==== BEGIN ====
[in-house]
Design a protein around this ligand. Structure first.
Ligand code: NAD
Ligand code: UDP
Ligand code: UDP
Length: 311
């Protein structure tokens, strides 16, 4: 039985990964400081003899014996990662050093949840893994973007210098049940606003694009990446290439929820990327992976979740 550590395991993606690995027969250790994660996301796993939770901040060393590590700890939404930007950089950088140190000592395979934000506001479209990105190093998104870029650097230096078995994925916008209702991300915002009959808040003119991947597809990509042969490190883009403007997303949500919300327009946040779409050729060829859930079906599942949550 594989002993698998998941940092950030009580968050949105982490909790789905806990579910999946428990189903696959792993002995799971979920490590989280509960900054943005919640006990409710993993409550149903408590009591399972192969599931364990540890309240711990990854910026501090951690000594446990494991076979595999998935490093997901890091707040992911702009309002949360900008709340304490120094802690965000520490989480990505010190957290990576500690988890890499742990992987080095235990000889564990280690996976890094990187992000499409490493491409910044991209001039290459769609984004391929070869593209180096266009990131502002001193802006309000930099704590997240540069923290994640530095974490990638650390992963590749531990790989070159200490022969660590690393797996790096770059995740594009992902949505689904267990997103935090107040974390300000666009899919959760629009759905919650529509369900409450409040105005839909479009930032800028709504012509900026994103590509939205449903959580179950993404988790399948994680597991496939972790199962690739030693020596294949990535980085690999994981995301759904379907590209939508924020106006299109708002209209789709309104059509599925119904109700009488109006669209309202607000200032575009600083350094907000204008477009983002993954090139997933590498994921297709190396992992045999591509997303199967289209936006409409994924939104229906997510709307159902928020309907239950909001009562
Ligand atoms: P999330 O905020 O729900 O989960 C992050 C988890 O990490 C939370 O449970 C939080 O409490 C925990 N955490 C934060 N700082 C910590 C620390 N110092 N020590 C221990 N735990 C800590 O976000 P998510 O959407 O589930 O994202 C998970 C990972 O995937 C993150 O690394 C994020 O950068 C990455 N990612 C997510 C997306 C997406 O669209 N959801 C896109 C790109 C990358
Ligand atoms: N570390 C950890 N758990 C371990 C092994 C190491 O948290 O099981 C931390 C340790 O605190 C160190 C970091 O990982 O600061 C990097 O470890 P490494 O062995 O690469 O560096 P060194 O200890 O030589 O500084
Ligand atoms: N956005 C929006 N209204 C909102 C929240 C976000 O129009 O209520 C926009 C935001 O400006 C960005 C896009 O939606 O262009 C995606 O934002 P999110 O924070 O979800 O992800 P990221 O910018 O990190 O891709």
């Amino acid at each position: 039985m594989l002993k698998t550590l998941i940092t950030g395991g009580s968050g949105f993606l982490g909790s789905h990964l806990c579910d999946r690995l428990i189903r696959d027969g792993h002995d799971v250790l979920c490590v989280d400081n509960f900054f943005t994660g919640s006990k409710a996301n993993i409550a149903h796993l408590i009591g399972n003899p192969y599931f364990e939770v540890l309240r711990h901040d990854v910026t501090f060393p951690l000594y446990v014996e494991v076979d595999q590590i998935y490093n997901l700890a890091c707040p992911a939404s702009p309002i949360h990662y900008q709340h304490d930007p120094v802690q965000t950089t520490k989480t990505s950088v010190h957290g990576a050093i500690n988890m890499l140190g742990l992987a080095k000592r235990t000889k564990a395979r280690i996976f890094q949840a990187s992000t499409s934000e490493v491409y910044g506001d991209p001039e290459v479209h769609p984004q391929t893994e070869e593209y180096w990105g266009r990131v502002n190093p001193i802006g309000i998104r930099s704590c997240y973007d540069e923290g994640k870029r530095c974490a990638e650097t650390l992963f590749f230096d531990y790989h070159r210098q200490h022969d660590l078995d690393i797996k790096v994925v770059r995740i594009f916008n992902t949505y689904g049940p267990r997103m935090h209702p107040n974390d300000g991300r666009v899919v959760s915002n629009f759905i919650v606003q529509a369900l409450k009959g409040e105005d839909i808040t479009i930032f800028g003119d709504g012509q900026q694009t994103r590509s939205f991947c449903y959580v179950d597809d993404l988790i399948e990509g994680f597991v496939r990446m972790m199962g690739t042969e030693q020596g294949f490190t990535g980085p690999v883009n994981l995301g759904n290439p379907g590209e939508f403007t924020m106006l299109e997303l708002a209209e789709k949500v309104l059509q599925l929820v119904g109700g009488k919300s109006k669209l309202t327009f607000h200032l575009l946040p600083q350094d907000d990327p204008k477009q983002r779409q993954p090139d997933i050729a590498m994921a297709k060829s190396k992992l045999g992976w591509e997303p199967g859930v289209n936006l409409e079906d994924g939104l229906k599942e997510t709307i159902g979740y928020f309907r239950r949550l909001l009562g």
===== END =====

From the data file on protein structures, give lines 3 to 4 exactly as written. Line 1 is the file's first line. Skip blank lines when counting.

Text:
Ligand code: NAD
Ligand code: UDP